December 4th, 2013
After Christmas every year, public libraries commonly have a lot of patrons bring their new gadgets to the library to ask for help in connecting to the Internet, loading ebooks, or doing any number of other things, thinking that the librarians will know more about the new devices than they do. More and more often, that device is a tablet computer, and if early holiday sales are any indication, that will be especially true this year, as tablets are grabbing a huge portion of the market. Those sales numbers are important for libraries to notice, because they tell us what types of devices people will be using to access online library services. So how well does your library website work on a tablet computer?
- Samsung tablet sales goes past 10 million for the first time in Q3, 2013 (States Chronicle/Jason Setrakian) “Cumulative tablet sales figures for Samsung up to the third quarter have been reported to be 28 million units. In 2012, the total sales of tablet PC by Samsung had been 16.6 million units. Analysts believe the company can end up selling twice the number of tablet devices it has sold last year if it is able to maintain the sales rate it has achieved till the third quarter.”
- Walmart reports hot Black Friday tablet sales led by iPad mini (BGR/Chris Smith) “Walmart’s top sellers include big screen TVs and laptops, with the retailer singling out certain hot products such as the iPad mini, Xbox One, PlayStation 4 and the Call of Duty: Ghosts game. Online, hand-held video games and SLR digital cameras were among the most popular items. Interestingly, Walmart said it sold over 1.4 million tablets during its Black Friday sale led by the iPad mini.”
- Canalys: Half of all PCs shipped in 2014 will be tablets; Android 65%, Apple 30% (TechCrunch/Ingrid Lunden) “Leading the charge will be tablets built on Android – which collectively will account for 65% of all tablets shipped (185 million units) with Samsung at the helm. Apple, with its growing line of iPad devices, will remain the single-biggest tablet brand, taking 30% of the market – and, significantly, the most profitable.”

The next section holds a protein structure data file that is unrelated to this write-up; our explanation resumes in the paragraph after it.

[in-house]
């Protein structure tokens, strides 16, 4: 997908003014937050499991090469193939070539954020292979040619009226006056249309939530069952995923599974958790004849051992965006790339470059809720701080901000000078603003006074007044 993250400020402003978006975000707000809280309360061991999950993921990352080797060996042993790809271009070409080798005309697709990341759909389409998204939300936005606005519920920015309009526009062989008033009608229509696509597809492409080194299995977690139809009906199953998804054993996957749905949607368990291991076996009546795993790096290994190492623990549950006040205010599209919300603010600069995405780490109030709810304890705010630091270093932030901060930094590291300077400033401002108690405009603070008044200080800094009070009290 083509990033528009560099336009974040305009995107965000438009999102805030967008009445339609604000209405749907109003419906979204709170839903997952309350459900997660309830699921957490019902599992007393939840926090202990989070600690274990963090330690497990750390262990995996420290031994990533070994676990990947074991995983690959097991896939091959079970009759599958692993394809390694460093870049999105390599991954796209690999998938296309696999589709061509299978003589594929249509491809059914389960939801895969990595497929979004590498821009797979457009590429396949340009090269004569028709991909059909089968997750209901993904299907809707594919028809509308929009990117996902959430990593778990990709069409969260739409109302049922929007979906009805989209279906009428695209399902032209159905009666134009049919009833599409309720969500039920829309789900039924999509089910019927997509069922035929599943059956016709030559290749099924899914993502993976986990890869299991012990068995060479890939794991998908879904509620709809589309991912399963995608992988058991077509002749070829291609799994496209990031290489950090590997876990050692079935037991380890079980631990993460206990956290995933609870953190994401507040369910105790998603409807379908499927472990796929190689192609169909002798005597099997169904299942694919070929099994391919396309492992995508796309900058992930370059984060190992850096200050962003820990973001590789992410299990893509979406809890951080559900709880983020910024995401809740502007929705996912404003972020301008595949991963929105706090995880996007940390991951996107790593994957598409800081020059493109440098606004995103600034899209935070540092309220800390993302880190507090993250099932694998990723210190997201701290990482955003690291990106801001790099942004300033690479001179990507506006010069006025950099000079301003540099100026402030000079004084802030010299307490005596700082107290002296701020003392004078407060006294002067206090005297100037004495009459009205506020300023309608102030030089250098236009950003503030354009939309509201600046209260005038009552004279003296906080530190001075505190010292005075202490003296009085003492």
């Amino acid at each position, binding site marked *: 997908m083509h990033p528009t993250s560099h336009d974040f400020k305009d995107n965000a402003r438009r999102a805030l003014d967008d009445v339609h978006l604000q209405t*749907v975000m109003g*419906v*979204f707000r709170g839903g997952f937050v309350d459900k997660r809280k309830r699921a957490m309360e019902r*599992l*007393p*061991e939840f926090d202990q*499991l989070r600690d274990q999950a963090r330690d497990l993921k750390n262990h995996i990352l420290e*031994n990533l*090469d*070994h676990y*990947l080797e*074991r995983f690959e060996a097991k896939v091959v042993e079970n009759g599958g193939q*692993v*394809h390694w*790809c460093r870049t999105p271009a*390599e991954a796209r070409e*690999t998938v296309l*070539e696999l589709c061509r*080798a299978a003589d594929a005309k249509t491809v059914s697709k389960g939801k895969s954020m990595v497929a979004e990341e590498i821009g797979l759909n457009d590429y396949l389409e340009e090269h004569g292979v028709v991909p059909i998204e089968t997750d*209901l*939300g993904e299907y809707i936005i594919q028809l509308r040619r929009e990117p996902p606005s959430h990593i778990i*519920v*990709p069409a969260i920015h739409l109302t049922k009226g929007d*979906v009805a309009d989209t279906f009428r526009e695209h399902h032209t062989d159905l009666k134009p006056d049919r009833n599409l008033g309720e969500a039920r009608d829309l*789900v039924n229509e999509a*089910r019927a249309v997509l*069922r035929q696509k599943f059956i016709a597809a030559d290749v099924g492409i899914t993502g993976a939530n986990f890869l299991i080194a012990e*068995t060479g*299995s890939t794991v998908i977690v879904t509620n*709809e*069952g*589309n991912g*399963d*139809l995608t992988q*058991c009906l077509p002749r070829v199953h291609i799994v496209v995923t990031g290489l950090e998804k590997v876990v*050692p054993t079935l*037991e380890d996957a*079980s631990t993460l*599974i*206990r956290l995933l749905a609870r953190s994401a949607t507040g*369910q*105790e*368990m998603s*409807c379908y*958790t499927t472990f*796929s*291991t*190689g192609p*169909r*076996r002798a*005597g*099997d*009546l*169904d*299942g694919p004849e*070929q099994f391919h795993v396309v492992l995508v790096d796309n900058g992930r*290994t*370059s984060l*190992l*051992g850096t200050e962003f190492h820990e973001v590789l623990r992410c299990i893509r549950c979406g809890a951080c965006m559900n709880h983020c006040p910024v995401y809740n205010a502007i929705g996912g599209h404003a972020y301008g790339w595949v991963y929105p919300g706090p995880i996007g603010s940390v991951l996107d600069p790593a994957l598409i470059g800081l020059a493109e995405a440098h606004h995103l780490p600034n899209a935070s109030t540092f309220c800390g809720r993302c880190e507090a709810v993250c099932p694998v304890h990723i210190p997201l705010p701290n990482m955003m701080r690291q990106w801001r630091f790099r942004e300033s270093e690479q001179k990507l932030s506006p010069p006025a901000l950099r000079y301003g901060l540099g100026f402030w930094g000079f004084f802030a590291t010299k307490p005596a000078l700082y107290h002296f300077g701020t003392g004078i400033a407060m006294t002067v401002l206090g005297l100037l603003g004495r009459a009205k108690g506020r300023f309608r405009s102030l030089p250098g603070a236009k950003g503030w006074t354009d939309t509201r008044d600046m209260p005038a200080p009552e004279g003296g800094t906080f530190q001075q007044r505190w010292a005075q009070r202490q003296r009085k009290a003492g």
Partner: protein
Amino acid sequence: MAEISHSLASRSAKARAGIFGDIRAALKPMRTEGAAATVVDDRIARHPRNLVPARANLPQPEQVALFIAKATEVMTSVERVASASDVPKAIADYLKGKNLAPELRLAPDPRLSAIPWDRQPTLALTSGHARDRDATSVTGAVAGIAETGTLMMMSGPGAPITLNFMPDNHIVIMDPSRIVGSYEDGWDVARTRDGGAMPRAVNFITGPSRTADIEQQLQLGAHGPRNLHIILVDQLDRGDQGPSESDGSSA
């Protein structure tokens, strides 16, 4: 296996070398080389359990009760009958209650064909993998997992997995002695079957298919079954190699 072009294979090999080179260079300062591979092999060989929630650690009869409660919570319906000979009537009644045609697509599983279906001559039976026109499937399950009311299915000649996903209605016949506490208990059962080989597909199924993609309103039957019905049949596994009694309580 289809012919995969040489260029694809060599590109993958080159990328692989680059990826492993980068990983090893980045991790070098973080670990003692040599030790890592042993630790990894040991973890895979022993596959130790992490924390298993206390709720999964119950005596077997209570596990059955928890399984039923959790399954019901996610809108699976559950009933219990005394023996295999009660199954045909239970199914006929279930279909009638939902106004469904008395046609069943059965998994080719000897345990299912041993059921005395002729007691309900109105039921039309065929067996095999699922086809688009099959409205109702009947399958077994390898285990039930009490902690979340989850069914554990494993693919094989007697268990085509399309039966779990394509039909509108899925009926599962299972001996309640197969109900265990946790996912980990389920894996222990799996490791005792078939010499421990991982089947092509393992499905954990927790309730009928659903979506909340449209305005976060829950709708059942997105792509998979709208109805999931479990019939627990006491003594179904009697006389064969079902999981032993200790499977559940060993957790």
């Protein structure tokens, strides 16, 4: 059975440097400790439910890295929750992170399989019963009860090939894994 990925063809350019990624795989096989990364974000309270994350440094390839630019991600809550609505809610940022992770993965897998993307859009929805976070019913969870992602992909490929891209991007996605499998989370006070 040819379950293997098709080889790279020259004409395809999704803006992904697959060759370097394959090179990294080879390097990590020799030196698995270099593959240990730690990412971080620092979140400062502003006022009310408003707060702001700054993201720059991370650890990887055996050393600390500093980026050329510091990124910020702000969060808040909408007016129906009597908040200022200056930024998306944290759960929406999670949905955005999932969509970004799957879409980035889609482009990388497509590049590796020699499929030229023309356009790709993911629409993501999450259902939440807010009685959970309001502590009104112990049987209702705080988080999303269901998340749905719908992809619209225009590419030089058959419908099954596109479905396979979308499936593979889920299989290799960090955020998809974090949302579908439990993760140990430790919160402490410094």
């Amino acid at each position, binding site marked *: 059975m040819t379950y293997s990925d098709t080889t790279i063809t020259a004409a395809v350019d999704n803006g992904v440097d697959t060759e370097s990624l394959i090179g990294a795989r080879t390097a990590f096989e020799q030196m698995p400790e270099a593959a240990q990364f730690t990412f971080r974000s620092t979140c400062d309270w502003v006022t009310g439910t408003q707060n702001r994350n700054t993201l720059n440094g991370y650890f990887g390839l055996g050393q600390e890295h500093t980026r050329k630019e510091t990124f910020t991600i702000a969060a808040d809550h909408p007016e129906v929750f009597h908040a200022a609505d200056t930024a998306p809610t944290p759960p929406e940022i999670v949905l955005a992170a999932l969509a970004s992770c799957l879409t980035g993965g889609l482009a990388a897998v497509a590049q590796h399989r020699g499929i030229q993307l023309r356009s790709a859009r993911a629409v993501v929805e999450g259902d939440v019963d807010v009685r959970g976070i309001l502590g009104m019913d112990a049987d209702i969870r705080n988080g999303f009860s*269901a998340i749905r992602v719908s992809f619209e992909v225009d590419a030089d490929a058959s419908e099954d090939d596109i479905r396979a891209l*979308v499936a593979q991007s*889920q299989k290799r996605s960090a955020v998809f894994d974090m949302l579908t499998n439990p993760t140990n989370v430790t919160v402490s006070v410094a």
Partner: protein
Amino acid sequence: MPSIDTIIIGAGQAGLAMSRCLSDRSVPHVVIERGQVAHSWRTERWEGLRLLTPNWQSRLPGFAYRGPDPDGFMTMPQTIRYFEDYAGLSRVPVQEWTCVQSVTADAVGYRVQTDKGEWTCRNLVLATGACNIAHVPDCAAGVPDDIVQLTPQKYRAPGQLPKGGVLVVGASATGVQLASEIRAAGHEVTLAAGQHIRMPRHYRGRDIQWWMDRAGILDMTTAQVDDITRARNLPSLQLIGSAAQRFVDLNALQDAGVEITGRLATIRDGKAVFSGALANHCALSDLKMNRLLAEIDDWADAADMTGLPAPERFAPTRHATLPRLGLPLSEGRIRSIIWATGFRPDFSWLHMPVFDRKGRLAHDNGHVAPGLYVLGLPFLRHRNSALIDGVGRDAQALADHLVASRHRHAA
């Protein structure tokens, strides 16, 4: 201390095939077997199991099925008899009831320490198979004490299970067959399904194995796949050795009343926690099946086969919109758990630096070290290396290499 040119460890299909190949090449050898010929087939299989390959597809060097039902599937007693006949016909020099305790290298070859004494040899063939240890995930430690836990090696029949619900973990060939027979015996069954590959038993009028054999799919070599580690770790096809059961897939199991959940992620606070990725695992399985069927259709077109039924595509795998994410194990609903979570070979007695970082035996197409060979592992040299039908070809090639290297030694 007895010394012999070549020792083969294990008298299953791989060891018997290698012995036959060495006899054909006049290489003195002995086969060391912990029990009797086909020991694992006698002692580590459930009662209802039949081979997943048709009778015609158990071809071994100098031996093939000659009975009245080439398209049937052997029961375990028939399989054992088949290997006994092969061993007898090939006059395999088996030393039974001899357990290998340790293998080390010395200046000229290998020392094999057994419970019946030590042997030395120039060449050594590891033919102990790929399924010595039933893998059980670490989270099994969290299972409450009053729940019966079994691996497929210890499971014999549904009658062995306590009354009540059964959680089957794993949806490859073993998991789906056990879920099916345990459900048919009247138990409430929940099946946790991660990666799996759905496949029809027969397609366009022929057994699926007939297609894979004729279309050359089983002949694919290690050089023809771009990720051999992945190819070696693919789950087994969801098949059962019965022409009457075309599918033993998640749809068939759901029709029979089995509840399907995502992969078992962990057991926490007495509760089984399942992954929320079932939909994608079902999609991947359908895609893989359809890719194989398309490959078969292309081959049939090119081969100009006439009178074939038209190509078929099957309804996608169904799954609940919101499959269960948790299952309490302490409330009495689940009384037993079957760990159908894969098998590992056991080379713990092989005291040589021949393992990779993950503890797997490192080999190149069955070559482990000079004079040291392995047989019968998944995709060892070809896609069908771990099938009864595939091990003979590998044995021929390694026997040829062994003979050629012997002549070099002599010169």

- Samsung looking to eclipse Apple and ship 100 million tablets in 2014 (GSMArena/Ian) “…in Q3 2013…Samsung was able to ship almost 10 million units, an increase of 123% over the same period in 2012. For the same time period, Apple was able to increase its year-over-year growth by only 0.6%, and saw its market share fall from just over 40% in 3Q12 to 29.6% in 3Q13. According to ETNews out of Korea, Samsung is in talks with several Korean panel makers to ensure it will have enough supply as it anticipates to eclipse its 2013 figures by more than two-fold.”
Tech market consulting company Canalys predicts that the Microsoft Surface tablet will double its market share from 2012 to 2014, but still have only 5% of all tablet sales.
November 27th, 2013
As you venture out to the stores this week – or jump online – to do your Christmas shopping, take a second to look at the number of plastic cards you have in your wallet: not just credit cards, but gift cards, customer loyalty cards, and of course your library card(s). Various tech businesses, including Google, have tried to reduce the plastic clutter in our wallets by using the smartphones most people carry everywhere, but since the plastic card is so convenient, none of these new ideas has become popular. Now a new startup, called Coin, proposes to let you store the data from many cards on one card that can be swiped through a magnetic reader just like a standard credit card. Most libraries use a barcode rather than a magnetic stripe on their patron cards, but if Coin is very successful, libraries may see some patron demand for magnetic readers in libraries so people don’t have to carry a special piece of plastic just for the library.
- Tired of a fat wallet? Coin lets you hold all your cards in a single, connected card (VentureBeat/Devindra Hardawar) “Simply swipe your cards using a card dongle like Square’s, take a picture of their front and back, and Coin’s app securely stores all of the card information for you. You can hold up to eight cards on the Coin card at once, which you can cycle through using a small button and display on the front of the card (an unlimited amount of additional cards can be swapped over from the Coin app). Paying is as simple as swiping like a normal credit card.”